For many, the audiobook is a source of pleasure and distraction, a way to get through the To Read Pile while washing dishes or commuting. Audiobooks have a stealthy way of rendering invisible the labor of creating this aural experience: the writer, the narrator, the producer, the technology…here at Sounding Out! we want to render that labor visible and, moreover, think of the sound as a focus of analysis in itself.
Over the next few weeks, we will host several authors who will make all of us think differently about the audiobook selections on our phone, in our car, and in our radios. Last week we listened to a book that listens to Dublin, in a post by Shantam Goyal. Today we have seven narrators telling us the story of an assassination attempt on Bob Marley. What will the audiobook whisper to us that the book cannot speak?
—Managing Editor Liana Silva
Reviews of A Brief History of Seven Killings, Marlon James’ 686-page rendering of the echoes of an assassination attempt on Bob Marley, almost invariably invoke the concept of polyphony to name its adroit use of multiple narrators. In The New York Times, Zachary Lazar maintained that the “polyphony and scope” of the 2014 novel made it much more than a saga of drug and gang violence stretching from 1970s Kingston to 1990s New York. And the Booker Prize, which James was the first Jamaican to win, similarly praised it as a “rich, polyphonic study,” with chief judge Michael Wood calling attention to the impressive “range of voices and registers, running from the patois of the street posse to The Book of Revelation.” It was thus not only the sheer number of voices in a preliminary three-page “Cast of Characters” that critics so unanimously admired but also the variety and nuance evident within them. Norwegian publisher Mime Books even took these polyphonic features a step further by hiring not one but twelve translators in a casting process that auditioned prominent novelists, playwrights, and performers.
James recalls realizing early on that this novel would be one “driven only by voice” (687), which might make such enthusiastic responses to its plurality of perspectives seem unsurprising. But what happens when such polyphony leaves the page behind and actual material voices drive its delivery? If the audiobook is a format of the novel (and here I follow Jonathan Sterne’s definition of format in MP3: The Meaning of a Format as “a whole range of decisions that affect the look, feel, experience, and workings of a medium” ), what lessons can listeners learn that print cannot provide? As I argue, the 26-hour-long audiobook version of A Brief History, which Highbridge Audio produced with seven actors (Robertson Dean, Cherise Boothe, Dwight Bacquie, Ryan Anderson, Johnathan McClain, Robert Younis, Thom Rivera), allows us to engage with multivocality rather than polyphony, which is to say the multiple vocal performances of a single individual rather than the presence of many narrators within a print work. And just as this novel’s polyphonic structure destabilizes any attempt at a definitive account of the events it portrays, the multifaceted performances of its audio format work to untrain ears that have been conditioned to hear necessary ties between voices and bodies.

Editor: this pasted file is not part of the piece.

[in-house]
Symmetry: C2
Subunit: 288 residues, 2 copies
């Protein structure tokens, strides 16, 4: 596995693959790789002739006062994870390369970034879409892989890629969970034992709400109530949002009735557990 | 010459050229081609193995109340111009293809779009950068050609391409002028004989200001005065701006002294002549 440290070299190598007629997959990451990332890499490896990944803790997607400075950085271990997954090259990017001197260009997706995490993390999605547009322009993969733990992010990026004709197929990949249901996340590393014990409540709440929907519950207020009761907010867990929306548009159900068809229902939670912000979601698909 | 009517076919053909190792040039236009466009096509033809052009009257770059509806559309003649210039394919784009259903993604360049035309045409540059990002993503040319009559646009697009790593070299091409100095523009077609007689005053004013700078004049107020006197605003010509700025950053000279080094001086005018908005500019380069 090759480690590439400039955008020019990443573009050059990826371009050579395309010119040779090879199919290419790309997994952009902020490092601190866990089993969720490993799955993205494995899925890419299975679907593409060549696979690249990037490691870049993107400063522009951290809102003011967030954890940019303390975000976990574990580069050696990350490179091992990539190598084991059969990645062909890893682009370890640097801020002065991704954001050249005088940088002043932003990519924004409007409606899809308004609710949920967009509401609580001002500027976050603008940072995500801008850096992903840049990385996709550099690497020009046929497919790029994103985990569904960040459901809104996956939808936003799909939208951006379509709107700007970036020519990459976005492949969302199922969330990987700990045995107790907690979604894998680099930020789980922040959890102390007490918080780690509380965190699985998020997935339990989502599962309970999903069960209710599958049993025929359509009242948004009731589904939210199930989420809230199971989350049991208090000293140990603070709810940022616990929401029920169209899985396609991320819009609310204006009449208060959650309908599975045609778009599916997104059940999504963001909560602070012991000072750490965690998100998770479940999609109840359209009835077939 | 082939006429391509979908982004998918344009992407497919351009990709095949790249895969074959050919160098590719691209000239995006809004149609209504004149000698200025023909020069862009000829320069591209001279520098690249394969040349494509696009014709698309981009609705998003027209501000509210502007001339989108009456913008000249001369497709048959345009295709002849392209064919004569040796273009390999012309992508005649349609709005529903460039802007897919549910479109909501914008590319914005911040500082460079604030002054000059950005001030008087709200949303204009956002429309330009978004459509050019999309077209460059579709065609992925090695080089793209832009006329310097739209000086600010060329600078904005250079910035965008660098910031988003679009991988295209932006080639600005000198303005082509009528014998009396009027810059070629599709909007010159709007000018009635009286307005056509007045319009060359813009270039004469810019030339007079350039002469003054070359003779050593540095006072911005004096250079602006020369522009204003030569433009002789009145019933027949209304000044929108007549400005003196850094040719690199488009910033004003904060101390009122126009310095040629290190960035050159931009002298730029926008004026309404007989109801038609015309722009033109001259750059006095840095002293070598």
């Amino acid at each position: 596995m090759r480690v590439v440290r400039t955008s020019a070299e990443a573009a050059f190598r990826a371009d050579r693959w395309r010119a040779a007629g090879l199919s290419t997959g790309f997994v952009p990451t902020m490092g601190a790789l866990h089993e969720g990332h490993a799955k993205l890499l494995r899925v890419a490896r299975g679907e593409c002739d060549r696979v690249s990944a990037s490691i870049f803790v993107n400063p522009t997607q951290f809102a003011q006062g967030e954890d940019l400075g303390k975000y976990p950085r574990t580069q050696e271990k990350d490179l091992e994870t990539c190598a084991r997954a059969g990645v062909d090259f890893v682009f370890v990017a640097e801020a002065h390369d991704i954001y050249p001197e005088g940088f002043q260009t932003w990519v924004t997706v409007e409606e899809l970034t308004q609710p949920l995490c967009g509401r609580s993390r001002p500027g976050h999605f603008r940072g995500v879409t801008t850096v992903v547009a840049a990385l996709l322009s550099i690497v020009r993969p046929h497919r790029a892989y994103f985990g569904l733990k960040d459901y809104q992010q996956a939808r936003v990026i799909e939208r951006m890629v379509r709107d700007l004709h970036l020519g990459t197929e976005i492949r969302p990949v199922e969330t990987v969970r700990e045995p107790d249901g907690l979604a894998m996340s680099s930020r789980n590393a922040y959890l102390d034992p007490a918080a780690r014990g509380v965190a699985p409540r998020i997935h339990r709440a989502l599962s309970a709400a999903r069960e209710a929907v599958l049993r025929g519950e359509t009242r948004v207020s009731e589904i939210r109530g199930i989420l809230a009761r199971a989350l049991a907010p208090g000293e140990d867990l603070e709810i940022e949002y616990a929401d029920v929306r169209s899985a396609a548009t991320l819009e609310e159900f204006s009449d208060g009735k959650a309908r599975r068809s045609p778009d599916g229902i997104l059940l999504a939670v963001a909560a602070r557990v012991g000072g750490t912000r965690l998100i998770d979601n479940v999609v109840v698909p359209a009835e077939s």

Of course, this effect is not one that most listeners consciously seek, as reviews of the audiobook articulating various reasons for turning to this format as well as diverging responses to it readily attest. Gayle, on Audible, began with the print version: “but as soon as I got to the first chapter that was written in Jamaican patois I knew that I was not able to do that in my head and I was going to miss a lot.” Sound here conveys sense more swiftly than the page, the ear apparently better suited than the eye to encounter difference. (Woodsy, another reviewer, even felt emboldened to ventriloquize in text that sonically distinctive speech: “I found that listening to the Audible version was helpful. Now all me need do is stop thinking in Jamaican.”) Yet it was Andre who offered by far the most memorable characterization of the audiobook and its affordances. As he explained, in James’ novel “the language is a thick, tropical forest of words. Audiobook is the machete that slices through this forest of words so I can enjoy the treasures inside.” The violence of this metaphor matches that of the novel’s most disturbing scenes, yet what is most striking is the way it reiterates once more how reviewers found it easier to access the work aurally rather than visually.
These reviews, and other similarly favorable appraisals, rarely consider the audiobook on its own terms, insisting instead on comparisons with the text. Negative ones, however, often note distinctively sonic features, with some reviewers echoing one of the Booker judges—who reportedly consulted a Jamaican poet about the accuracy of James’ ear for dialogue—by questioning the veracity of the Jamaican accents in a novel that also features American, Colombian, and Cuban ones. Tending to readily identify themselves as Jamaican, these writers and listeners rarely acknowledge that at least some of the actors were born on the island when asserting that the accents are off. In any case, such efforts to link sound and authenticity, as Liana Silva has argued with respect to the audiobook, wrongly suggest that those who belong to a group must conform to a single sound. James, too, distrusts discourses of the authentic, as characters repeatedly cast suspicion and scorn on anyone uttering the phrase “real Jamaica.”